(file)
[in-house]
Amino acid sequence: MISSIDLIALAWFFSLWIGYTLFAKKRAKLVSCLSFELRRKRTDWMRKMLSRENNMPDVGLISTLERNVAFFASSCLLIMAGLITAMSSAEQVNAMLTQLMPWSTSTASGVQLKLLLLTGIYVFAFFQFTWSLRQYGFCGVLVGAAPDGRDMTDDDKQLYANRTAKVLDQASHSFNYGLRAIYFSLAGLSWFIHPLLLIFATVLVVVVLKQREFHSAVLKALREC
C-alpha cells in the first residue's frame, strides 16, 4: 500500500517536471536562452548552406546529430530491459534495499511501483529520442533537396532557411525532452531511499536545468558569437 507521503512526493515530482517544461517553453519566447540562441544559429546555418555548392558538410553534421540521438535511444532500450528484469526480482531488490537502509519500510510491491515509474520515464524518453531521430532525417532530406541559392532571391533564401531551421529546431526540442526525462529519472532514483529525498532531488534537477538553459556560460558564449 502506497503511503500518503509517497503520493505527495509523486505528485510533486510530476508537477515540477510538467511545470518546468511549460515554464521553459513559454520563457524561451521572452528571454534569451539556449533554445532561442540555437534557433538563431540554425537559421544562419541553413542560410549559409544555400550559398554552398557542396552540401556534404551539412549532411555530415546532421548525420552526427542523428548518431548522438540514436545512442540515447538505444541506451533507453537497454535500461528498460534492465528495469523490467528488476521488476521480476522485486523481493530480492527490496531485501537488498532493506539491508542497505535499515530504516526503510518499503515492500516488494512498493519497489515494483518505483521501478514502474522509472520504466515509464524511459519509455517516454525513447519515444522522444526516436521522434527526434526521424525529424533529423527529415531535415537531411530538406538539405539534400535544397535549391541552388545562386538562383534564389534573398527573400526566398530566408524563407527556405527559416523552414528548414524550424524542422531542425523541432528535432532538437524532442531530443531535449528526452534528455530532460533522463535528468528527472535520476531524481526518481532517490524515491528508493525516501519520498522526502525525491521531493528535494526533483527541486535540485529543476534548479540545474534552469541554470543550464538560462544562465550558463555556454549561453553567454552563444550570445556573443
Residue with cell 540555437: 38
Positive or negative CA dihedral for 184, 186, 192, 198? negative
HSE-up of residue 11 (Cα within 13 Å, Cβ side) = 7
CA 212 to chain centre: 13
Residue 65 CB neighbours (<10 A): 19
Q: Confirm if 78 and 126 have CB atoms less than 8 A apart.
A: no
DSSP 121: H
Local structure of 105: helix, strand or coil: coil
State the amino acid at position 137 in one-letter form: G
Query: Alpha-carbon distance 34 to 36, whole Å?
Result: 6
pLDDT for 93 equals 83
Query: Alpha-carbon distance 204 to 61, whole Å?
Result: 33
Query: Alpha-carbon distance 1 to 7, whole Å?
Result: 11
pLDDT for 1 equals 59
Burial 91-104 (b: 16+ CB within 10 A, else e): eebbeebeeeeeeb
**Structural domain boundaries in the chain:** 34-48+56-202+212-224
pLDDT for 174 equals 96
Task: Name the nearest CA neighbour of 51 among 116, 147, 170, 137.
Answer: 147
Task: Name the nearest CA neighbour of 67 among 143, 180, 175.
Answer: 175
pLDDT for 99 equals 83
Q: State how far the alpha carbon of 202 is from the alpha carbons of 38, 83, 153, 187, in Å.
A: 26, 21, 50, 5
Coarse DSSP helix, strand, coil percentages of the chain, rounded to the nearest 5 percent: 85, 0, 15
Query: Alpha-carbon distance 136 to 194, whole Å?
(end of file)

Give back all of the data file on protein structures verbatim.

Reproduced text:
[in-house]
Amino acid sequence: MISSIDLIALAWFFSLWIGYTLFAKKRAKLVSCLSFELRRKRTDWMRKMLSRENNMPDVGLISTLERNVAFFASSCLLIMAGLITAMSSAEQVNAMLTQLMPWSTSTASGVQLKLLLLTGIYVFAFFQFTWSLRQYGFCGVLVGAAPDGRDMTDDDKQLYANRTAKVLDQASHSFNYGLRAIYFSLAGLSWFIHPLLLIFATVLVVVVLKQREFHSAVLKALREC
C-alpha cells in the first residue's frame, strides 16, 4: 500500500517536471536562452548552406546529430530491459534495499511501483529520442533537396532557411525532452531511499536545468558569437 507521503512526493515530482517544461517553453519566447540562441544559429546555418555548392558538410553534421540521438535511444532500450528484469526480482531488490537502509519500510510491491515509474520515464524518453531521430532525417532530406541559392532571391533564401531551421529546431526540442526525462529519472532514483529525498532531488534537477538553459556560460558564449 502506497503511503500518503509517497503520493505527495509523486505528485510533486510530476508537477515540477510538467511545470518546468511549460515554464521553459513559454520563457524561451521572452528571454534569451539556449533554445532561442540555437534557433538563431540554425537559421544562419541553413542560410549559409544555400550559398554552398557542396552540401556534404551539412549532411555530415546532421548525420552526427542523428548518431548522438540514436545512442540515447538505444541506451533507453537497454535500461528498460534492465528495469523490467528488476521488476521480476522485486523481493530480492527490496531485501537488498532493506539491508542497505535499515530504516526503510518499503515492500516488494512498493519497489515494483518505483521501478514502474522509472520504466515509464524511459519509455517516454525513447519515444522522444526516436521522434527526434526521424525529424533529423527529415531535415537531411530538406538539405539534400535544397535549391541552388545562386538562383534564389534573398527573400526566398530566408524563407527556405527559416523552414528548414524550424524542422531542425523541432528535432532538437524532442531530443531535449528526452534528455530532460533522463535528468528527472535520476531524481526518481532517490524515491528508493525516501519520498522526502525525491521531493528535494526533483527541486535540485529543476534548479540545474534552469541554470543550464538560462544562465550558463555556454549561453553567454552563444550570445556573443
Residue with cell 540555437: 38
Positive or negative CA dihedral for 184, 186, 192, 198? negative
HSE-up of residue 11 (Cα within 13 Å, Cβ side) = 7
CA 212 to chain centre: 13
Residue 65 CB neighbours (<10 A): 19
Q: Confirm if 78 and 126 have CB atoms less than 8 A apart.
A: no
DSSP 121: H
Local structure of 105: helix, strand or coil: coil
State the amino acid at position 137 in one-letter form: G
Query: Alpha-carbon distance 34 to 36, whole Å?
Result: 6
pLDDT for 93 equals 83
Query: Alpha-carbon distance 204 to 61, whole Å?
Result: 33
Query: Alpha-carbon distance 1 to 7, whole Å?
Result: 11
pLDDT for 1 equals 59
Burial 91-104 (b: 16+ CB within 10 A, else e): eebbeebeeeeeeb
**Structural domain boundaries in the chain:** 34-48+56-202+212-224
pLDDT for 174 equals 96
Task: Name the nearest CA neighbour of 51 among 116, 147, 170, 137.
Answer: 147
Task: Name the nearest CA neighbour of 67 among 143, 180, 175.
Answer: 175
pLDDT for 99 equals 83
Q: State how far the alpha carbon of 202 is from the alpha carbons of 38, 83, 153, 187, in Å.
A: 26, 21, 50, 5
Coarse DSSP helix, strand, coil percentages of the chain, rounded to the nearest 5 percent: 85, 0, 15
Query: Alpha-carbon distance 136 to 194, whole Å?